The social work involvement began before I came into care, when we were really tiny. The majority of residential and area social workers that I had in my life I just loved. I was so attached to them, both emotionally and physically.
When social work is bad it’s very bad and we all hear about it. When it’s good, we don’t hear about it. The only reason you’re hearing about this good bit of social work is because I managed to make a success of my life, and I wouldn’t have been able to do that without Jenni.
But the worker who really stands out functioned as my leaving care worker but was a social worker by trade. She had knowledge of my rights, and she taught them to me, and I am forever grateful to her for that: it was the thing that genuinely made a huge difference to my life. It gave me power in a situation where I was pretty powerless, and it gave me the ability to understand what the system should be providing and where it was falling down.
Firstly, in the last ten years, modern family life has been enhanced by developments in technology, and the internet is no exception. The advent of the internet affords parents the opportunity to use the World Wide Web to work from home, removing the need to place pre-school age children in day care centres in the care of strangers and so reinforcing the family unit (Jenkins 2010). However, the benefits of the internet not only have implications for immediate family; members of the extended family can overcome the barriers of time or distance to remain close through such channels as email or social networking sites, for example Facebook. Despite this, Fenech (2007) asserts that the internet has eroded some aspects of family life. Where previous generations may have forsaken dinner conversation in order to watch television together, the practical dimensions of a laptop screen now preclude this act of "togetherness" (p342). Nevertheless, any avenue that generally allows more opportunity for contact between members of an immediate or extended family has to be seen as advantageous. Moreover, the internet allows a sense of inclusion that goes beyond the family sphere.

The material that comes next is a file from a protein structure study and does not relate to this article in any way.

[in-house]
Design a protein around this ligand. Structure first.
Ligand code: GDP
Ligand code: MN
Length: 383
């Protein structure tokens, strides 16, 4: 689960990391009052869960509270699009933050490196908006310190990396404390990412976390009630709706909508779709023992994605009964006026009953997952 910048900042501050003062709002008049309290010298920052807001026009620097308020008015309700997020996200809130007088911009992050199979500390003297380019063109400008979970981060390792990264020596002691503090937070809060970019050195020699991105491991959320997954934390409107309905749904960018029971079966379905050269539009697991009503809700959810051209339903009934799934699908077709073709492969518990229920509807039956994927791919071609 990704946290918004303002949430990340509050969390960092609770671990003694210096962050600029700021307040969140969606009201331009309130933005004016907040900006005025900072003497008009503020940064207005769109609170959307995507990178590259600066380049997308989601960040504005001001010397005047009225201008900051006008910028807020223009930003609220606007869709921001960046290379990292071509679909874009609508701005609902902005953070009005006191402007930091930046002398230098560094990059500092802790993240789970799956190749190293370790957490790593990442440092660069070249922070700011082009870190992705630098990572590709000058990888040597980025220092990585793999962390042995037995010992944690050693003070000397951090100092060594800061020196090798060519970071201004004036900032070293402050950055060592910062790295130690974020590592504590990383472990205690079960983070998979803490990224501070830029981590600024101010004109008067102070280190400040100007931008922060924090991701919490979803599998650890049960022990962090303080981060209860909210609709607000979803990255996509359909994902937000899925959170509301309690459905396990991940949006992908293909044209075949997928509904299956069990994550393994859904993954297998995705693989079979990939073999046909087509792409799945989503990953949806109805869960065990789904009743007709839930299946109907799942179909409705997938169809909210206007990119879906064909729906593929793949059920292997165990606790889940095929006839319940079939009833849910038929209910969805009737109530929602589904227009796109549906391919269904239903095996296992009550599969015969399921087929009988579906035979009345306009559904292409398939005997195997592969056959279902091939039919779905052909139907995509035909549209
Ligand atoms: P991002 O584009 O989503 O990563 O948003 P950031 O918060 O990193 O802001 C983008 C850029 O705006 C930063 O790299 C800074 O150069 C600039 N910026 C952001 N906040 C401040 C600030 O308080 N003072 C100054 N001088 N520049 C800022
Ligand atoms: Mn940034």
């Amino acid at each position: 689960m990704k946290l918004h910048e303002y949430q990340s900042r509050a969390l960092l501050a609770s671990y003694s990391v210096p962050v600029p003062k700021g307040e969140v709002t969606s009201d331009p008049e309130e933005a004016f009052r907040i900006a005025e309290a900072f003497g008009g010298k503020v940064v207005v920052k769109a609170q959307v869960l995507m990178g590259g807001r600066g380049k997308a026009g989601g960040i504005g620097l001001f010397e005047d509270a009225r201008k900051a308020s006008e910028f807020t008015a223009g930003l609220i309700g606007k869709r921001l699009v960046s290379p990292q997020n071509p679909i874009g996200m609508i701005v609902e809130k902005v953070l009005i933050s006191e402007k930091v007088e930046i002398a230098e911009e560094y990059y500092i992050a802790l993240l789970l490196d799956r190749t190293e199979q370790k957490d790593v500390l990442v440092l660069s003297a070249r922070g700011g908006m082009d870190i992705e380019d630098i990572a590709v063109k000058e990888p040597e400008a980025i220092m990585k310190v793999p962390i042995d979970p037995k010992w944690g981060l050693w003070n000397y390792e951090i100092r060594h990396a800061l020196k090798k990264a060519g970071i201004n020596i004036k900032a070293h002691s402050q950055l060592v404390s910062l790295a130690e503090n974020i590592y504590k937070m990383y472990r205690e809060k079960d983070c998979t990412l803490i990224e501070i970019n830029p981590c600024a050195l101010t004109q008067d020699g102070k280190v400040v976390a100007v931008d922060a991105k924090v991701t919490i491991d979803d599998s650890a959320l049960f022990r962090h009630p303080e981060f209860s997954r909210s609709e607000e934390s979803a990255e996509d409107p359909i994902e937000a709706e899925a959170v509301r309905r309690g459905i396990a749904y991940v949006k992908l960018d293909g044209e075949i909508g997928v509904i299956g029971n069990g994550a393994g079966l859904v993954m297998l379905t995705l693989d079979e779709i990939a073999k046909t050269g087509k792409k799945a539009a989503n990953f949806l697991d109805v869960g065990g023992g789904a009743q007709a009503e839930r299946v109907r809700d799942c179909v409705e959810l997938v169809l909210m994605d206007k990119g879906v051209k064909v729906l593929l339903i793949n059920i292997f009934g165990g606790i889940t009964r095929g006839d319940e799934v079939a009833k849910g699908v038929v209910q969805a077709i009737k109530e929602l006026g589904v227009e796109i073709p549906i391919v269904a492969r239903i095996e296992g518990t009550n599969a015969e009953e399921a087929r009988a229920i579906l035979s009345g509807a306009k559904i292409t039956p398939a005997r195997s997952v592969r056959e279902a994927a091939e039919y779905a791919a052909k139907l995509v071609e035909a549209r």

It is experiences such as this and others I have described in this essay that have made me a passionate advocate for chickens. I do not seek to sentimentalize chickens but to characterize them as best I can within the purview of my own observations and relationships with them. In the 1980s I wrote an who, more than any other single cause, led me to found United Poultry Concerns in 1990. It is hard for me to evoke in words how expressive she was in spite of her handicap and despite the miserable life she had had before I lifted her out of her misery and brought her home with me.